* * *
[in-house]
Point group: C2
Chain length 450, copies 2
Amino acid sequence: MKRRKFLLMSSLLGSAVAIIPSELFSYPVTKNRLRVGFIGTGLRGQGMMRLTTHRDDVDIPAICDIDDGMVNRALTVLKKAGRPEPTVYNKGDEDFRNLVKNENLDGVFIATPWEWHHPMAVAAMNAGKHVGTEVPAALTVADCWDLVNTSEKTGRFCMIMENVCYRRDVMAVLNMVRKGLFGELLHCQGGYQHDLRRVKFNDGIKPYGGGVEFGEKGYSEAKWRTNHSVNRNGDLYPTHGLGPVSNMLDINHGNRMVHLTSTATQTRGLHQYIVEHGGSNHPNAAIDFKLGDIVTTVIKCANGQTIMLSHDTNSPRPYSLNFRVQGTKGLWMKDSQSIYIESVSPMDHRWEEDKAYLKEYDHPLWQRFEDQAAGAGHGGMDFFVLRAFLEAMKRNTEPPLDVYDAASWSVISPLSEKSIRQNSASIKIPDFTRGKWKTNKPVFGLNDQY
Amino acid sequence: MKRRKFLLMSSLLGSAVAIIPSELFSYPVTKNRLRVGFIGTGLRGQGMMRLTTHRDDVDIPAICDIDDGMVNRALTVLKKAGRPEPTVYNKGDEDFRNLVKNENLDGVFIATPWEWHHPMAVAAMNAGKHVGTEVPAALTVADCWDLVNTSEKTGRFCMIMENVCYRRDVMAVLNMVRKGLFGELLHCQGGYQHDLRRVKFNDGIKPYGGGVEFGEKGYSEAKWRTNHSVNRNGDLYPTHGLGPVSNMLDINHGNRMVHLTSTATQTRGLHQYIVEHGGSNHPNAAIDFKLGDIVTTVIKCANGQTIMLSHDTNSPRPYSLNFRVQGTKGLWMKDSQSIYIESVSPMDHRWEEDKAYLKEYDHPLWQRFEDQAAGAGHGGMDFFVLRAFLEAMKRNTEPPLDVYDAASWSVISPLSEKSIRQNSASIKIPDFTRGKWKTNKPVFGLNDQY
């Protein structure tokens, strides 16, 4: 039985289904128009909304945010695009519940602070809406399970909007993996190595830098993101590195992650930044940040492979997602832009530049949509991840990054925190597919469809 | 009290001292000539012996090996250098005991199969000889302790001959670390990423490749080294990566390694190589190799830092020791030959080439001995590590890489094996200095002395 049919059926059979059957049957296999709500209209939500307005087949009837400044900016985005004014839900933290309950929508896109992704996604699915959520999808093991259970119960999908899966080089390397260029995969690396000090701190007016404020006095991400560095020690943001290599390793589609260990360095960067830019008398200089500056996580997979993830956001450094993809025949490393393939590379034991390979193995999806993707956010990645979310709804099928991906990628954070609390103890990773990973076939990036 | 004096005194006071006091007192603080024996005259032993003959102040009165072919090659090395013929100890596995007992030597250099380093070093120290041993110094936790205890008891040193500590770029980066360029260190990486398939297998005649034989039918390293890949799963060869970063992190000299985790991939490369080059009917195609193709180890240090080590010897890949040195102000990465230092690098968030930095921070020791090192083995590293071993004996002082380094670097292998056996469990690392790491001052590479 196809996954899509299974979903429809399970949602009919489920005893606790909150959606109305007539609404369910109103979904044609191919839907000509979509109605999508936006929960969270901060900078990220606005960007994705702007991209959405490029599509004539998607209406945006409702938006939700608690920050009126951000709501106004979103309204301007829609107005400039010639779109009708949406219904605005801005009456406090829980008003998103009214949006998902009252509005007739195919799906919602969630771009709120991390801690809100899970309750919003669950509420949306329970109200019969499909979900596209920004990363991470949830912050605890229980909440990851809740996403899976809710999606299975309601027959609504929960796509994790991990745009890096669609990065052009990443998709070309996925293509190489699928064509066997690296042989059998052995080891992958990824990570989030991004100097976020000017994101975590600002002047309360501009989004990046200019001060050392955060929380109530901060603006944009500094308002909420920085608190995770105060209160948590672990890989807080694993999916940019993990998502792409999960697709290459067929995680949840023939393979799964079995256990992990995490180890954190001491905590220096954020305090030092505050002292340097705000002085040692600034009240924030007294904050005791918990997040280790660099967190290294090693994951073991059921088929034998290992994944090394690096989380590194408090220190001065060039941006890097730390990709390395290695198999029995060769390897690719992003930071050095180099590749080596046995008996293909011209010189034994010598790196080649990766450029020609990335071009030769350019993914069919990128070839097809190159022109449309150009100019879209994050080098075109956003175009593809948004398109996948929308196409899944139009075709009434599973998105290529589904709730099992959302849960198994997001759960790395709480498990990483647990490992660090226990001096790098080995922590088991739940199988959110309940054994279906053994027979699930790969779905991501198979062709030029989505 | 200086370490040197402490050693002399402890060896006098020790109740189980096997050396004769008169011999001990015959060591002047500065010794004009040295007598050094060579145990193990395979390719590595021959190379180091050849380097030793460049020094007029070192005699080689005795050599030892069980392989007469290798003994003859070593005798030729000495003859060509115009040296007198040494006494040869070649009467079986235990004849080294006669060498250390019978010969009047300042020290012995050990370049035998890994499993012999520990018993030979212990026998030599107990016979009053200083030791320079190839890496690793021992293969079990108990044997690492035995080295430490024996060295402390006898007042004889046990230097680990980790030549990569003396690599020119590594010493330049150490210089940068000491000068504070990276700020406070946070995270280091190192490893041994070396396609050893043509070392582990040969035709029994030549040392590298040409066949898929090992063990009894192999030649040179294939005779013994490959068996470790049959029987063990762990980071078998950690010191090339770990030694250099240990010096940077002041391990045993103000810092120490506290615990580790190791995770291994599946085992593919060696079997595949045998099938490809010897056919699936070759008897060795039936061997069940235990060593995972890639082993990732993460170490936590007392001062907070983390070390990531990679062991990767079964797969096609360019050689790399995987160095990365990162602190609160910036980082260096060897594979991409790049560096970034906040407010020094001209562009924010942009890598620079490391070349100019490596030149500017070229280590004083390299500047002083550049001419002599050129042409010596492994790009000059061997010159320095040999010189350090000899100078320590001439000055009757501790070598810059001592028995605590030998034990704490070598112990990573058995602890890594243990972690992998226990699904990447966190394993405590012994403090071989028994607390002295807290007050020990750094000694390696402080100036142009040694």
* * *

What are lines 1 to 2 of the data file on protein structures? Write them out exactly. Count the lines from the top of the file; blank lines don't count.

[in-house]
Point group: C2